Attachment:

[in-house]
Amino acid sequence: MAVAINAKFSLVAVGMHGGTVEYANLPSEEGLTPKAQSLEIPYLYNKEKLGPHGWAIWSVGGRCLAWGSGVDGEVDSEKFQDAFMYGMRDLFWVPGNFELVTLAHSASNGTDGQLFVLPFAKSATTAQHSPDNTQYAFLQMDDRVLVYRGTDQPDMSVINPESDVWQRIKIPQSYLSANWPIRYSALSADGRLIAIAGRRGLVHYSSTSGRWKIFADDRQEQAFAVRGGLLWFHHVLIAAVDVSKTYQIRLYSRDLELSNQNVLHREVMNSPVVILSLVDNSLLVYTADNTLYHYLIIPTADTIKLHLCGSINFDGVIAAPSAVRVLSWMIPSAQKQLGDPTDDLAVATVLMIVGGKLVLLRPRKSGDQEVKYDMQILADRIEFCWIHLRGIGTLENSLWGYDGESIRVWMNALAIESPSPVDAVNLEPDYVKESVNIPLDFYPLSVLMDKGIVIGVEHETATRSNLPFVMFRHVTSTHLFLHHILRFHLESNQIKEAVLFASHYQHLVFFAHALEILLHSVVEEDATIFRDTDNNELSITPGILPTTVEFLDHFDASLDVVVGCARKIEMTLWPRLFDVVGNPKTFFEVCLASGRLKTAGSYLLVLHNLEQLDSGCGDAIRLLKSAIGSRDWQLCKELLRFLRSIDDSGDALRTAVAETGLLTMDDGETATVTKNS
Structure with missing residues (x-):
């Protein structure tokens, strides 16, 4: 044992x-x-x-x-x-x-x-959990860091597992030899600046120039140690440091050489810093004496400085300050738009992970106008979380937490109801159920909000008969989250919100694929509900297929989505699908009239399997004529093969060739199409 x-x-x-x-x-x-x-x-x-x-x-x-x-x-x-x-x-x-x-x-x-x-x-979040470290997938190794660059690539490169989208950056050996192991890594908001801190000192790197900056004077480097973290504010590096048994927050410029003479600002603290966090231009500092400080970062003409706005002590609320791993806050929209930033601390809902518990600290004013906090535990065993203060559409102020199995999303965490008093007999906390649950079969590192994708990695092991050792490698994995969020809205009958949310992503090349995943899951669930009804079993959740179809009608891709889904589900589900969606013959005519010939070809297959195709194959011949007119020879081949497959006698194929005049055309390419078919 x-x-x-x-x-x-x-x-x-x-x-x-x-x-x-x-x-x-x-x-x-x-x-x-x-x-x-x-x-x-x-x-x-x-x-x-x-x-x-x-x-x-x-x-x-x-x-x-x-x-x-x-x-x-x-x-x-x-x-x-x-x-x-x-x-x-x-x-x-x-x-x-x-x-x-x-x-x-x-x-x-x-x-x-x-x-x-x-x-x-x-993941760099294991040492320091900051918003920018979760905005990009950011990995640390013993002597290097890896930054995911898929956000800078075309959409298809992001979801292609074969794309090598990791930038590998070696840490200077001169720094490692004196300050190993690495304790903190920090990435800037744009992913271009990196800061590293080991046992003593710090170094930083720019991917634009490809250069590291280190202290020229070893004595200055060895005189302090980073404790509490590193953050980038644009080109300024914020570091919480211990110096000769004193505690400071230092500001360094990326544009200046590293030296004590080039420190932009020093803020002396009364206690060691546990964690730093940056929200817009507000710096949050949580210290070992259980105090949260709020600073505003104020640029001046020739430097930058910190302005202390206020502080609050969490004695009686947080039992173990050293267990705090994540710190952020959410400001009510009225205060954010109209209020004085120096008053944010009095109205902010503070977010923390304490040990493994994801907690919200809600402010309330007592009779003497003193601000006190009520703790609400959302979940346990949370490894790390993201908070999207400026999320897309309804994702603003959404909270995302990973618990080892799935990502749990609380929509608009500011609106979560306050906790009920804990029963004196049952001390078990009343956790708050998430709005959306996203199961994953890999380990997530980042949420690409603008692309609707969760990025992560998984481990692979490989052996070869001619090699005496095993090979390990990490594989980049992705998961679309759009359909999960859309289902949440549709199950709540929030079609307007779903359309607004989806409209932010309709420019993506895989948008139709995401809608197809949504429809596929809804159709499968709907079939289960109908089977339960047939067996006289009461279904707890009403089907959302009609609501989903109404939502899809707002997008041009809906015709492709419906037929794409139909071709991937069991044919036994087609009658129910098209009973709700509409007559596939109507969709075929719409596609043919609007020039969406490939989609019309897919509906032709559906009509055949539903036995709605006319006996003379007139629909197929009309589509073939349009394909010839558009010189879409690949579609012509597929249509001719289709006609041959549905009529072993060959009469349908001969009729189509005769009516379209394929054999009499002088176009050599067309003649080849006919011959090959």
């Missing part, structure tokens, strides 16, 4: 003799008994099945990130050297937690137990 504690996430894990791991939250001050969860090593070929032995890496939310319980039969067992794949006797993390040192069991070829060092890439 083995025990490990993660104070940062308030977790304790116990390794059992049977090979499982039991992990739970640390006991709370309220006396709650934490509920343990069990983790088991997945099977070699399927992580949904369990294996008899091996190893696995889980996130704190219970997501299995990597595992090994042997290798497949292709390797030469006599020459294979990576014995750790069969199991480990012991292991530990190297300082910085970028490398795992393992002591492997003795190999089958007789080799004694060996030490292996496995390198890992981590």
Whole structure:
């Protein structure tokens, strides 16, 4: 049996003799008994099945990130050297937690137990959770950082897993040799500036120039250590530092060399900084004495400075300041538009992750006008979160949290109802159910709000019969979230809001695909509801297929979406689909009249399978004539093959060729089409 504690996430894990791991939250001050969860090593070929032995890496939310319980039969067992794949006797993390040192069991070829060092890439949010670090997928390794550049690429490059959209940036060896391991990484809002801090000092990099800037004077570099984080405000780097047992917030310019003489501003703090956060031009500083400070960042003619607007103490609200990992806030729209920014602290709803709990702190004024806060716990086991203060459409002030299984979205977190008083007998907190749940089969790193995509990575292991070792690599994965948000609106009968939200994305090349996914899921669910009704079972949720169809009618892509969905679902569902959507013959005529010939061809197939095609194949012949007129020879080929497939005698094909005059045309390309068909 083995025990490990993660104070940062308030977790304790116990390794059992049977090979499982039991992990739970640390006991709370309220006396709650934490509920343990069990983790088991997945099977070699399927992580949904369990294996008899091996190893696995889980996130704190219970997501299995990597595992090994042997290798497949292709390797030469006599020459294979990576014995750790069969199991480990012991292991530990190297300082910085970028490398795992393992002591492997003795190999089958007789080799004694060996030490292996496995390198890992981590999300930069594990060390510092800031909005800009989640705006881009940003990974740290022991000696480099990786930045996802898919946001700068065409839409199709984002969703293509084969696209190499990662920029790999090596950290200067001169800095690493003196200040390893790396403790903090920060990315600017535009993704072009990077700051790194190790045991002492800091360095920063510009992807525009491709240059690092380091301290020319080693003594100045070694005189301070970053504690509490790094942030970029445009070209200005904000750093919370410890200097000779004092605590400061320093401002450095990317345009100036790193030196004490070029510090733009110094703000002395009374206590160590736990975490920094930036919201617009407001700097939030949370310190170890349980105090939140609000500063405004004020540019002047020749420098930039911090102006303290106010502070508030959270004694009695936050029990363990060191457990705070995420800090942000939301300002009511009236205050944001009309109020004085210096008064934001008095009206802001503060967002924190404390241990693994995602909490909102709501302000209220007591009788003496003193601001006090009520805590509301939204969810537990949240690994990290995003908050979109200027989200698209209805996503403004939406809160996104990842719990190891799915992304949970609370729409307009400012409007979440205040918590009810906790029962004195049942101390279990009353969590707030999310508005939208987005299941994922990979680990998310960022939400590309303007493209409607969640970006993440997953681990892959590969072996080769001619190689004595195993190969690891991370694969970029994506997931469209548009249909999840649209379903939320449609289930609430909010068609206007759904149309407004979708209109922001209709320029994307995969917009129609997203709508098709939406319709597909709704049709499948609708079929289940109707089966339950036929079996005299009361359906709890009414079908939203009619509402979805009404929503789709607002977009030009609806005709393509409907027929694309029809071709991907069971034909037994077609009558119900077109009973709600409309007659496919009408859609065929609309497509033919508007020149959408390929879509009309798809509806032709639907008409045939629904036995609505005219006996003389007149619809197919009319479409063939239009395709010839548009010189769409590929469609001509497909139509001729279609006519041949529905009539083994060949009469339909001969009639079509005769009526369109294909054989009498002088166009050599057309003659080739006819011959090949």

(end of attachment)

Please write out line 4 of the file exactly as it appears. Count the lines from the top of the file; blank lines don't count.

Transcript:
């Protein structure tokens, strides 16, 4: 044992x-x-x-x-x-x-x-959990860091597992030899600046120039140690440091050489810093004496400085300050738009992970106008979380937490109801159920909000008969989250919100694929509900297929989505699908009239399997004529093969060739199409 x-x-x-x-x-x-x-x-x-x-x-x-x-x-x-x-x-x-x-x-x-x-x-979040470290997938190794660059690539490169989208950056050996192991890594908001801190000192790197900056004077480097973290504010590096048994927050410029003479600002603290966090231009500092400080970062003409706005002590609320791993806050929209930033601390809902518990600290004013906090535990065993203060559409102020199995999303965490008093007999906390649950079969590192994708990695092991050792490698994995969020809205009958949310992503090349995943899951669930009804079993959740179809009608891709889904589900589900969606013959005519010939070809297959195709194959011949007119020879081949497959006698194929005049055309390419078919 x-x-x-x-x-x-x-x-x-x-x-x-x-x-x-x-x-x-x-x-x-x-x-x-x-x-x-x-x-x-x-x-x-x-x-x-x-x-x-x-x-x-x-x-x-x-x-x-x-x-x-x-x-x-x-x-x-x-x-x-x-x-x-x-x-x-x-x-x-x-x-x-x-x-x-x-x-x-x-x-x-x-x-x-x-x-x-x-x-x-x-993941760099294991040492320091900051918003920018979760905005990009950011990995640390013993002597290097890896930054995911898929956000800078075309959409298809992001979801292609074969794309090598990791930038590998070696840490200077001169720094490692004196300050190993690495304790903190920090990435800037744009992913271009990196800061590293080991046992003593710090170094930083720019991917634009490809250069590291280190202290020229070893004595200055060895005189302090980073404790509490590193953050980038644009080109300024914020570091919480211990110096000769004193505690400071230092500001360094990326544009200046590293030296004590080039420190932009020093803020002396009364206690060691546990964690730093940056929200817009507000710096949050949580210290070992259980105090949260709020600073505003104020640029001046020739430097930058910190302005202390206020502080609050969490004695009686947080039992173990050293267990705090994540710190952020959410400001009510009225205060954010109209209020004085120096008053944010009095109205902010503070977010923390304490040990493994994801907690919200809600402010309330007592009779003497003193601000006190009520703790609400959302979940346990949370490894790390993201908070999207400026999320897309309804994702603003959404909270995302990973618990080892799935990502749990609380929509608009500011609106979560306050906790009920804990029963004196049952001390078990009343956790708050998430709005959306996203199961994953890999380990997530980042949420690409603008692309609707969760990025992560998984481990692979490989052996070869001619090699005496095993090979390990990490594989980049992705998961679309759009359909999960859309289902949440549709199950709540929030079609307007779903359309607004989806409209932010309709420019993506895989948008139709995401809608197809949504429809596929809804159709499968709907079939289960109908089977339960047939067996006289009461279904707890009403089907959302009609609501989903109404939502899809707002997008041009809906015709492709419906037929794409139909071709991937069991044919036994087609009658129910098209009973709700509409007559596939109507969709075929719409596609043919609007020039969406490939989609019309897919509906032709559906009509055949539903036995709605006319006996003379007139629909197929009309589509073939349009394909010839558009010189879409690949579609012509597929249509001719289709006609041959549905009529072993060959009469349908001969009729189509005769009516379209394929054999009499002088176009050599067309003649080849006919011959090959």